Public participation in South Kingstown (RI, USA) town and school governance is negligible. Most public meetings, like this week's joint town council and school committee meeting formally opening consideration of the 2009 & 2010 budget, have only a handful of people present. Too often there is no one present.
A little consideration shows that this is to be expected: The current means of public participation were designed around the needs and wants of a very different time then our own. The town council chamber is itself a monument to these needs and wants. It is a physical community gathering spot. Other community gathering spots include the newspaper (for public notices) and the town hall bulletin board. Even the early evening meeting times accommodate a past when the man of the house could leave his children to the care of his (house)wife in the comfort of his home.
This is not the world I live nor the world of most of the people I know. Both parents work, care for the children, and do housework. Sometimes they work in staggered shifts so that at least one of them is at home with the children. And when the children have gone to bed work picks up again for another hour or two: The "mommy work hours" of 9 AM to 3 PM and then 8 PM to 10 PM.
We also communicate differently. We use e-mail and voice-mail. We chat via IM (instant messaging) or texting on our phones. We discuss every kind of subject in online groups. We share our lives with our friends through our blogs and Facebook "walls." And when we do gather in person we do so by "homing in" on a place, a time, and who will attend via a ever tightening circle of short messages over time.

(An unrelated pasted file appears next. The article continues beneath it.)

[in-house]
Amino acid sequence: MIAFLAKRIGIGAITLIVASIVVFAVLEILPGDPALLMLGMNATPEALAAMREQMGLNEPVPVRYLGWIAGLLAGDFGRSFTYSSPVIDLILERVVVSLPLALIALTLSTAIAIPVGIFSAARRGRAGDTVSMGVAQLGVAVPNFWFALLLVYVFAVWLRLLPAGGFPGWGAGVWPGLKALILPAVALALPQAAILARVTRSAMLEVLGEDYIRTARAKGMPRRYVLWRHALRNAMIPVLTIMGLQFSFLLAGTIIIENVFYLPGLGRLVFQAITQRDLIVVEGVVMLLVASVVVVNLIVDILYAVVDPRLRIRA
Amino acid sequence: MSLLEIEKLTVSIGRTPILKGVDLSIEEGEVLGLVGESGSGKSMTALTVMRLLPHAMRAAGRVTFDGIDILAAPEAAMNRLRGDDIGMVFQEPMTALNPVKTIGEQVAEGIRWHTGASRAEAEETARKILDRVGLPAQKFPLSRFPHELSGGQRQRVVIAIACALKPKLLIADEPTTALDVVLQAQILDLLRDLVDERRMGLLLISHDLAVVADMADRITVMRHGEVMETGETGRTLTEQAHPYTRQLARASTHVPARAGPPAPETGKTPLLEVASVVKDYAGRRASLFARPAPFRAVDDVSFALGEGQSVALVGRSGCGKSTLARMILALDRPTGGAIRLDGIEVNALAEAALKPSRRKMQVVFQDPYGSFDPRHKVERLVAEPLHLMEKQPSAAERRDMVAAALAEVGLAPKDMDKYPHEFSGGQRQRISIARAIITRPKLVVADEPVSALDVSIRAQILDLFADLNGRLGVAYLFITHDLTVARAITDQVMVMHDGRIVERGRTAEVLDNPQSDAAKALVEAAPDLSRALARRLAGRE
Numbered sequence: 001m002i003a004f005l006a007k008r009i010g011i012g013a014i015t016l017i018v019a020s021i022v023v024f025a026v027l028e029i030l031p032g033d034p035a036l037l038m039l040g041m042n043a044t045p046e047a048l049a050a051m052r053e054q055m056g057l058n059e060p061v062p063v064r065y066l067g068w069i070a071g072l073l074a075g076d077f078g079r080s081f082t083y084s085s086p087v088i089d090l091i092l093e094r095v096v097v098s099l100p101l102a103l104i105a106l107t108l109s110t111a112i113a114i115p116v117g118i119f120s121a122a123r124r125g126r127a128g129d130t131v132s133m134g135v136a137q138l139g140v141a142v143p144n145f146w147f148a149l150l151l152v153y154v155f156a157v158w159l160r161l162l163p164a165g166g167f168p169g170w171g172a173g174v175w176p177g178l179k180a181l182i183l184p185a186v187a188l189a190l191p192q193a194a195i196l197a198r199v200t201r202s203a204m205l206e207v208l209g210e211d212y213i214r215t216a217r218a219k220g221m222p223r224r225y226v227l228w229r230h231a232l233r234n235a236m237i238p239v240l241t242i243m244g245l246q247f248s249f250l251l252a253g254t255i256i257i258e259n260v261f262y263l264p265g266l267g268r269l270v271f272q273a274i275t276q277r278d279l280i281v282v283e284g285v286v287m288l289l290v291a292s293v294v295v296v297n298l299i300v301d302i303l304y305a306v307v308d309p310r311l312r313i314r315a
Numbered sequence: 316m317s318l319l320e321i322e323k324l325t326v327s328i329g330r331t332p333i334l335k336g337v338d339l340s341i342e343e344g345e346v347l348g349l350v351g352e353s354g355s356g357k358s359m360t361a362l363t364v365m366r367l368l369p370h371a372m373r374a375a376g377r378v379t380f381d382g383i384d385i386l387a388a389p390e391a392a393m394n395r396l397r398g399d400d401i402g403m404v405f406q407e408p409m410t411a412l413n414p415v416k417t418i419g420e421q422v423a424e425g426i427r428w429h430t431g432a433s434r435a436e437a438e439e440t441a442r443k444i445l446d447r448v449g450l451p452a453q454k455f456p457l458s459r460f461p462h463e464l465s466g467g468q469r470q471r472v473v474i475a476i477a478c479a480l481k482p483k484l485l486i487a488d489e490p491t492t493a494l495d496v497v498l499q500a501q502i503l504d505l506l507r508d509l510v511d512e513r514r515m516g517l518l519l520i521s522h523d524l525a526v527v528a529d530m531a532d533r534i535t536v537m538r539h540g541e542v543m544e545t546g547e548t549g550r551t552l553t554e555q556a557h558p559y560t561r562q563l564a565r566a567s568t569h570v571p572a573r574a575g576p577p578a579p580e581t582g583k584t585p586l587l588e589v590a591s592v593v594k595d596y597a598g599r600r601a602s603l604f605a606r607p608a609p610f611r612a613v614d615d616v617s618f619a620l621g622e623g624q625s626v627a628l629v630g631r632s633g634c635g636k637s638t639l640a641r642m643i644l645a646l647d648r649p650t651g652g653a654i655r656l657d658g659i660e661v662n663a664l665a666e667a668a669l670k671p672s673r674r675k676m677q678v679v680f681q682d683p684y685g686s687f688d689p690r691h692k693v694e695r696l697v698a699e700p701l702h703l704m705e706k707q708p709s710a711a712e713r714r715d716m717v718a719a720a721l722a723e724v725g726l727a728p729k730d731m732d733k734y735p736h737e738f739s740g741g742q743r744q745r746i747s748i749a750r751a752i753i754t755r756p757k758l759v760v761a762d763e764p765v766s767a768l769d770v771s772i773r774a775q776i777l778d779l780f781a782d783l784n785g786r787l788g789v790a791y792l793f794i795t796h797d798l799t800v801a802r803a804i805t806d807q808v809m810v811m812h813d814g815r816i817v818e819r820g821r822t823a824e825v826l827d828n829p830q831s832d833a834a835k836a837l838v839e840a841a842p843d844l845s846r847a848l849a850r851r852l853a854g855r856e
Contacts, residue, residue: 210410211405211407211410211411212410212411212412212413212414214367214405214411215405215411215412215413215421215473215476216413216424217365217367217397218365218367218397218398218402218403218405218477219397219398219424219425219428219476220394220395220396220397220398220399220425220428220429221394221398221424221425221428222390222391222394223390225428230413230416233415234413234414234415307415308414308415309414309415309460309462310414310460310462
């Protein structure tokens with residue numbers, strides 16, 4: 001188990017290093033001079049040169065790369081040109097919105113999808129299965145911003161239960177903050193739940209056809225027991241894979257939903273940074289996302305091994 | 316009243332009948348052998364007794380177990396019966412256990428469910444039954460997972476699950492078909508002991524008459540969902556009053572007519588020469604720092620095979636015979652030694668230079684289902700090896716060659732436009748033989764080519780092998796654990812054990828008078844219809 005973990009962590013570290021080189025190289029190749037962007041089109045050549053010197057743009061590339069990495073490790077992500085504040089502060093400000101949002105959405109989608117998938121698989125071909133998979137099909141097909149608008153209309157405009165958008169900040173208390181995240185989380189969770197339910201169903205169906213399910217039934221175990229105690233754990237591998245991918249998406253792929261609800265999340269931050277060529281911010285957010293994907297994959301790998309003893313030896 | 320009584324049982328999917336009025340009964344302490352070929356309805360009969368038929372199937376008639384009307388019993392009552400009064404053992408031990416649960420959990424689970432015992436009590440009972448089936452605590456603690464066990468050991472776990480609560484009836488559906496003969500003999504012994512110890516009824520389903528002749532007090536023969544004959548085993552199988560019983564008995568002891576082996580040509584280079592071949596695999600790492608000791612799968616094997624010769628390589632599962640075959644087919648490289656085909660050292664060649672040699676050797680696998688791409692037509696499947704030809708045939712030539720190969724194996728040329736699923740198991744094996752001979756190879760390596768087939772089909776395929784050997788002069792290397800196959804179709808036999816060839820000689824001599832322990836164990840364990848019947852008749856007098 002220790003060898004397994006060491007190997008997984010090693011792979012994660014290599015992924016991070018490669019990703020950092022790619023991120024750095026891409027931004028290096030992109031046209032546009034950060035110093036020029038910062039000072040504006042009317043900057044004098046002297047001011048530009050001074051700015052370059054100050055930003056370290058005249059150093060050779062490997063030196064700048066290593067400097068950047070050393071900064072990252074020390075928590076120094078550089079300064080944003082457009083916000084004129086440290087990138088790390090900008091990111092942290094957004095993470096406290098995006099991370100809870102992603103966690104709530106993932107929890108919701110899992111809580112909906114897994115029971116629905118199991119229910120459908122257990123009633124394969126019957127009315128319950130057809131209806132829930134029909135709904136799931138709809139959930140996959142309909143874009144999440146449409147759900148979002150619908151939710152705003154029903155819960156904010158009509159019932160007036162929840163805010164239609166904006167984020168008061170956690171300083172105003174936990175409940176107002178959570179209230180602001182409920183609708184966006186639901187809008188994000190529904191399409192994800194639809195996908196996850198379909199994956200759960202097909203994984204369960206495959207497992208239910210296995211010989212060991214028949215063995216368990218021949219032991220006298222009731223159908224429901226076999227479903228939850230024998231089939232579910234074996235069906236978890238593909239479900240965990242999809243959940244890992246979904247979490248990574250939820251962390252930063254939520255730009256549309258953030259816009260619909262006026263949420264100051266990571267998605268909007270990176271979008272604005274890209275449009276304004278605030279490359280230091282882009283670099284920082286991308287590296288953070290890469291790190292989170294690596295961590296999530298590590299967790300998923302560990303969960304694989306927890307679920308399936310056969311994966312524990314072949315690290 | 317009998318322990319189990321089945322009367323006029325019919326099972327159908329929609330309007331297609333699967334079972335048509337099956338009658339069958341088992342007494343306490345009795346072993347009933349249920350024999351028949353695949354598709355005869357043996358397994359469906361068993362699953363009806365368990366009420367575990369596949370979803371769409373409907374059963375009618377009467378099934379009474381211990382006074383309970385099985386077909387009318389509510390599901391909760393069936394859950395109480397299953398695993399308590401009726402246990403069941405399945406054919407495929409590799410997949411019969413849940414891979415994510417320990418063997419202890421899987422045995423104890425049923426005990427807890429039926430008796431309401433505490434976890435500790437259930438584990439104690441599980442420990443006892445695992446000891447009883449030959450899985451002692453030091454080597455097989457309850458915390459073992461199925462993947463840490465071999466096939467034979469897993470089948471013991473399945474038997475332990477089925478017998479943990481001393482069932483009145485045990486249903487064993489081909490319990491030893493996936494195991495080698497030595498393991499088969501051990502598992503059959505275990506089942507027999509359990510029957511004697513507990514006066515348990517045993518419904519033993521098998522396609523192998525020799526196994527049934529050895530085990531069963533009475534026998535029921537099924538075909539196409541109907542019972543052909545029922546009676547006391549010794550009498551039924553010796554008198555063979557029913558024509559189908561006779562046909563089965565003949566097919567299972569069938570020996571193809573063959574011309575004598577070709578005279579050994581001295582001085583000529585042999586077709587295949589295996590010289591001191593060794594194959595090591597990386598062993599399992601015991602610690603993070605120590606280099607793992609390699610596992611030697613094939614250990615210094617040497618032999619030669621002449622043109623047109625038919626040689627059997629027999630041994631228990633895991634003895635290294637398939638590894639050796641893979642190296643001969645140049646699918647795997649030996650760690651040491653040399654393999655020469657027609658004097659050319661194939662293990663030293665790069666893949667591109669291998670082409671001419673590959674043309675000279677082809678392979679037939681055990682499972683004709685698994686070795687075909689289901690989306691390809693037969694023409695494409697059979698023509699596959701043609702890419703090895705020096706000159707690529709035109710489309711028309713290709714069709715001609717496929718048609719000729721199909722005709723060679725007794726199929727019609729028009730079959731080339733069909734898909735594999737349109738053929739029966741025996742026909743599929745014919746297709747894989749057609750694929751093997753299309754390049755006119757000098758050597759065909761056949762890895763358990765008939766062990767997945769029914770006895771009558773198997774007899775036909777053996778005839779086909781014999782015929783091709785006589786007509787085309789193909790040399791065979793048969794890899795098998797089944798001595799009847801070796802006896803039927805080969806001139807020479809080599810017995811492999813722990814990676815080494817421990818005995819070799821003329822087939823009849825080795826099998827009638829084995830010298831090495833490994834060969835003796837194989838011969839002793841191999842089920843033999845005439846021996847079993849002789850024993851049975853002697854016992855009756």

This pattern is not going away. It is deepening. Just as the town council chamber was build to support participation we need now to build a different and effective mechanism for today.
We need our public documents, meetings, and other artifacts online. We need to be notified about additions. We need to be notified when they have changed. We need to be able to comment upon these online and have this commentary considered. These new tools of participation are not ancillary. They are as primary as the existing ones.
Doing this is not a great technical challenge. The software development industry routinely uses these tools everywhere and everyday. Doing this does not require a great operational cost. The tools are free, the storage and computational costs minuscule, and the support costs reasonable. The most challenging cost is to the school's and town's processes. It is not that more work will be required of officials and staff but that the work is done differently. The difference results in making visible to online tools the workings of the school and the town.
I ask all of you to please contact the school committee and town council and ask that they initiate the changes necessary to enable citizen participation in our time. Now is a very good time for change.